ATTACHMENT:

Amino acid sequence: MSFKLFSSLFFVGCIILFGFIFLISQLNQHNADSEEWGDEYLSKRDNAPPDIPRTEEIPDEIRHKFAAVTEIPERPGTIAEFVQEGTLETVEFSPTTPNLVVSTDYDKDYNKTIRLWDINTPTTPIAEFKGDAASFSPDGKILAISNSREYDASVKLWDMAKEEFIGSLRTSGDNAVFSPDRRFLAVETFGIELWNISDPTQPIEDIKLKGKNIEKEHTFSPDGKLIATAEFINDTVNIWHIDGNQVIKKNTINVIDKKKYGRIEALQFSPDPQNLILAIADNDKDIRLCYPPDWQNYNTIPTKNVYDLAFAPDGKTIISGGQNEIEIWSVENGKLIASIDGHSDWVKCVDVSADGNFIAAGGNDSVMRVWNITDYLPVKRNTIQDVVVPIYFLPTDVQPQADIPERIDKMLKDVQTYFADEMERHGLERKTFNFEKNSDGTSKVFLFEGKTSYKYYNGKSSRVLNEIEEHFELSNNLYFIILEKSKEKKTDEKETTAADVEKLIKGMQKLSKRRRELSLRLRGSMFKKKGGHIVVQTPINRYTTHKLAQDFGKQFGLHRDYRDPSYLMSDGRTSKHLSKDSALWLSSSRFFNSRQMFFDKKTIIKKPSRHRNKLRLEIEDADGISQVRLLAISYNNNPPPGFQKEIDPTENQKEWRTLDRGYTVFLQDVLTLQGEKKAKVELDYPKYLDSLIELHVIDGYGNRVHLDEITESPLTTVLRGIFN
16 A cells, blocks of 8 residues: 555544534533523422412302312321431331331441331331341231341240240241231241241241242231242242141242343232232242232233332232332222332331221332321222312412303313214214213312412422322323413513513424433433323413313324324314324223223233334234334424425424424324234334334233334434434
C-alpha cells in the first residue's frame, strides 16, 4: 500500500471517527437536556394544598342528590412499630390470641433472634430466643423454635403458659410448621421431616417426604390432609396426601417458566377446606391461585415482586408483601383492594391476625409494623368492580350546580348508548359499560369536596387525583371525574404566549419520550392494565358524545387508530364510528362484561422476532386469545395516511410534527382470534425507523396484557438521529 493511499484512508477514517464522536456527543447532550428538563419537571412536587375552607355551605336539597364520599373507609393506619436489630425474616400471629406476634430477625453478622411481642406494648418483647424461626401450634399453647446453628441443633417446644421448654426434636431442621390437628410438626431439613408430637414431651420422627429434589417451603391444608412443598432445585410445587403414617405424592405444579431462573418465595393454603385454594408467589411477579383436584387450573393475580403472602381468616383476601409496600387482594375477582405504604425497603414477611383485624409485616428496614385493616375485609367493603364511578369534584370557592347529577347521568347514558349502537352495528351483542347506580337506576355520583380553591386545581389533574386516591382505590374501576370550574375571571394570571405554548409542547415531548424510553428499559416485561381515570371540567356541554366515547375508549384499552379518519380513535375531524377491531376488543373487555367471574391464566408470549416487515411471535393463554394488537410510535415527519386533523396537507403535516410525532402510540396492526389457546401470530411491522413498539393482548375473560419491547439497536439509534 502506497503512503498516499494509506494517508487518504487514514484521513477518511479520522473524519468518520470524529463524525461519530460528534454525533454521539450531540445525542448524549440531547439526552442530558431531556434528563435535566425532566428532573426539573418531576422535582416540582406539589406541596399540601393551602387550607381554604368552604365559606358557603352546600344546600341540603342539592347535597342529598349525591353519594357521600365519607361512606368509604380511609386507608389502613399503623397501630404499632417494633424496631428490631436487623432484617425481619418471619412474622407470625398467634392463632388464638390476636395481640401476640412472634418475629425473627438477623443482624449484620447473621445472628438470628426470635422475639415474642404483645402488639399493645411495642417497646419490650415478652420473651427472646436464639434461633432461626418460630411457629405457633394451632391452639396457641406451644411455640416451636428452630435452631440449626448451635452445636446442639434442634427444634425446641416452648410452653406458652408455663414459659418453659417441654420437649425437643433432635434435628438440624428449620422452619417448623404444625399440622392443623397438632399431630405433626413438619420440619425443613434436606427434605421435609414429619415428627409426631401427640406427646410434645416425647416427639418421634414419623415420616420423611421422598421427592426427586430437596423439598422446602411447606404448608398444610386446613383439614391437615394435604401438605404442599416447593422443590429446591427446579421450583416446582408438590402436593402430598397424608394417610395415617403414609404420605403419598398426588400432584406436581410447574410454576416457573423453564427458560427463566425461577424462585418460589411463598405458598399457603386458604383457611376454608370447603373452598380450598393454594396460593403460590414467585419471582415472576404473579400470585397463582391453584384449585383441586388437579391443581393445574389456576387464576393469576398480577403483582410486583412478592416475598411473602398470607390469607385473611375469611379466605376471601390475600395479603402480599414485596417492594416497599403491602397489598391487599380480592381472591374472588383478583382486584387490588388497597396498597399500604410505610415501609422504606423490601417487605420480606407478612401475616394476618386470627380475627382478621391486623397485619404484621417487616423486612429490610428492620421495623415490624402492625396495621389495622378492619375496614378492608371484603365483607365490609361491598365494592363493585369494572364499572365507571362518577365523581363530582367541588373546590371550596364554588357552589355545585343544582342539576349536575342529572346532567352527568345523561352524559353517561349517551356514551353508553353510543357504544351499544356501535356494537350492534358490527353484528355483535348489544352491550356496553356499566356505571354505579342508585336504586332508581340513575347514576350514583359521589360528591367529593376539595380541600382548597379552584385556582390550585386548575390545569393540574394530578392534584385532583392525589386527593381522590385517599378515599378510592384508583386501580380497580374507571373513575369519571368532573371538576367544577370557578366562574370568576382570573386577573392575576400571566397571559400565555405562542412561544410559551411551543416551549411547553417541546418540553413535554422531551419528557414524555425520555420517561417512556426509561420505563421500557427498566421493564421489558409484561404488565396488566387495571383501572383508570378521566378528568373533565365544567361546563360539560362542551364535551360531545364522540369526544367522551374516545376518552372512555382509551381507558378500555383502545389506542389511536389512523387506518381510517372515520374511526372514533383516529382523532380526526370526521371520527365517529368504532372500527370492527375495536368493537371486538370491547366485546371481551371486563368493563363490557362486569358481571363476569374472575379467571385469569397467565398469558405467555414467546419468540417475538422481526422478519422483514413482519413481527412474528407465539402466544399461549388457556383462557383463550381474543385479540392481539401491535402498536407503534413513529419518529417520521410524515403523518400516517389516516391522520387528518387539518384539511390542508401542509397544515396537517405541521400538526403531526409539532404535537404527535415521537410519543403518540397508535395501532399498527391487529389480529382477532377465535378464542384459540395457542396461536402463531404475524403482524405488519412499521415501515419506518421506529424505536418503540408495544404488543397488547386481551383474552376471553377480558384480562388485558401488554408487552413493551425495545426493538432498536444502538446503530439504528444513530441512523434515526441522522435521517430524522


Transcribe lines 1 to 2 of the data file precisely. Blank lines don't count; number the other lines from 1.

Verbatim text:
Amino acid sequence: MSFKLFSSLFFVGCIILFGFIFLISQLNQHNADSEEWGDEYLSKRDNAPPDIPRTEEIPDEIRHKFAAVTEIPERPGTIAEFVQEGTLETVEFSPTTPNLVVSTDYDKDYNKTIRLWDINTPTTPIAEFKGDAASFSPDGKILAISNSREYDASVKLWDMAKEEFIGSLRTSGDNAVFSPDRRFLAVETFGIELWNISDPTQPIEDIKLKGKNIEKEHTFSPDGKLIATAEFINDTVNIWHIDGNQVIKKNTINVIDKKKYGRIEALQFSPDPQNLILAIADNDKDIRLCYPPDWQNYNTIPTKNVYDLAFAPDGKTIISGGQNEIEIWSVENGKLIASIDGHSDWVKCVDVSADGNFIAAGGNDSVMRVWNITDYLPVKRNTIQDVVVPIYFLPTDVQPQADIPERIDKMLKDVQTYFADEMERHGLERKTFNFEKNSDGTSKVFLFEGKTSYKYYNGKSSRVLNEIEEHFELSNNLYFIILEKSKEKKTDEKETTAADVEKLIKGMQKLSKRRRELSLRLRGSMFKKKGGHIVVQTPINRYTTHKLAQDFGKQFGLHRDYRDPSYLMSDGRTSKHLSKDSALWLSSSRFFNSRQMFFDKKTIIKKPSRHRNKLRLEIEDADGISQVRLLAISYNNNPPPGFQKEIDPTENQKEWRTLDRGYTVFLQDVLTLQGEKKAKVELDYPKYLDSLIELHVIDGYGNRVHLDEITESPLTTVLRGIFN
16 A cells, blocks of 8 residues: 555544534533523422412302312321431331331441331331341231341240240241231241241241242231242242141242343232232242232233332232332222332331221332321222312412303313214214213312412422322323413513513424433433323413313324324314324223223233334234334424425424424324234334334233334434434